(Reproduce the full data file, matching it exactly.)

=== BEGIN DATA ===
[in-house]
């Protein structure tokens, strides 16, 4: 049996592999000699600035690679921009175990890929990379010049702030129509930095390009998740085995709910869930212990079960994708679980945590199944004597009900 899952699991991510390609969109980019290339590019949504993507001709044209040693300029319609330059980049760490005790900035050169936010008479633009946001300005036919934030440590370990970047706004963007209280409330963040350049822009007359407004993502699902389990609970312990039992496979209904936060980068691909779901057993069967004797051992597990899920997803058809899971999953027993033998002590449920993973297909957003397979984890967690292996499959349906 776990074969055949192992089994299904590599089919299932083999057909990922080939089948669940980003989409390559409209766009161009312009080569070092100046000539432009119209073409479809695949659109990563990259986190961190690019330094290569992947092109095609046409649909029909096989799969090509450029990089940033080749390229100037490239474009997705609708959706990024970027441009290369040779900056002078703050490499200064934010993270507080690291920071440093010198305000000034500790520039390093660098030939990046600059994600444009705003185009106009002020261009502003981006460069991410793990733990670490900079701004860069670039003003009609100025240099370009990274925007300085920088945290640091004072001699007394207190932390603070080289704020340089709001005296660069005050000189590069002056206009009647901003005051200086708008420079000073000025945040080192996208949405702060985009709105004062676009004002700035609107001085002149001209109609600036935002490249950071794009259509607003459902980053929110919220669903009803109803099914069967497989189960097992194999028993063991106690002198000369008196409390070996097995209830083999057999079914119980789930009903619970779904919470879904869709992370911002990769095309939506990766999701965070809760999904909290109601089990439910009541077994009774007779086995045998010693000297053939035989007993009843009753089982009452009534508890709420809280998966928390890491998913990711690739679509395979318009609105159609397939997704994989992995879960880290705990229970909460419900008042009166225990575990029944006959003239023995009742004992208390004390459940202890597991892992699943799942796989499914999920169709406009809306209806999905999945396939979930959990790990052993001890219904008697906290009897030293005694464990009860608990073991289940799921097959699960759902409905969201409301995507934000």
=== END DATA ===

[in-house]
């Protein structure tokens, strides 16, 4: 049996592999000699600035690679921009175990890929990379010049702030129509930095390009998740085995709910869930212990079960994708679980945590199944004597009900 899952699991991510390609969109980019290339590019949504993507001709044209040693300029319609330059980049760490005790900035050169936010008479633009946001300005036919934030440590370990970047706004963007209280409330963040350049822009007359407004993502699902389990609970312990039992496979209904936060980068691909779901057993069967004797051992597990899920997803058809899971999953027993033998002590449920993973297909957003397979984890967690292996499959349906 776990074969055949192992089994299904590599089919299932083999057909990922080939089948669940980003989409390559409209766009161009312009080569070092100046000539432009119209073409479809695949659109990563990259986190961190690019330094290569992947092109095609046409649909029909096989799969090509450029990089940033080749390229100037490239474009997705609708959706990024970027441009290369040779900056002078703050490499200064934010993270507080690291920071440093010198305000000034500790520039390093660098030939990046600059994600444009705003185009106009002020261009502003981006460069991410793990733990670490900079701004860069670039003003009609100025240099370009990274925007300085920088945290640091004072001699007394207190932390603070080289704020340089709001005296660069005050000189590069002056206009009647901003005051200086708008420079000073000025945040080192996208949405702060985009709105004062676009004002700035609107001085002149001209109609600036935002490249950071794009259509607003459902980053929110919220669903009803109803099914069967497989189960097992194999028993063991106690002198000369008196409390070996097995209830083999057999079914119980789930009903619970779904919470879904869709992370911002990769095309939506990766999701965070809760999904909290109601089990439910009541077994009774007779086995045998010693000297053939035989007993009843009753089982009452009534508890709420809280998966928390890491998913990711690739679509395979318009609105159609397939997704994989992995879960880290705990229970909460419900008042009166225990575990029944006959003239023995009742004992208390004390459940202890597991892992699943799942796989499914999920169709406009809306209806999905999945396939979930959990790990052993001890219904008697906290009897030293005694464990009860608990073991289940799921097959699960759902409905969201409301995507934000």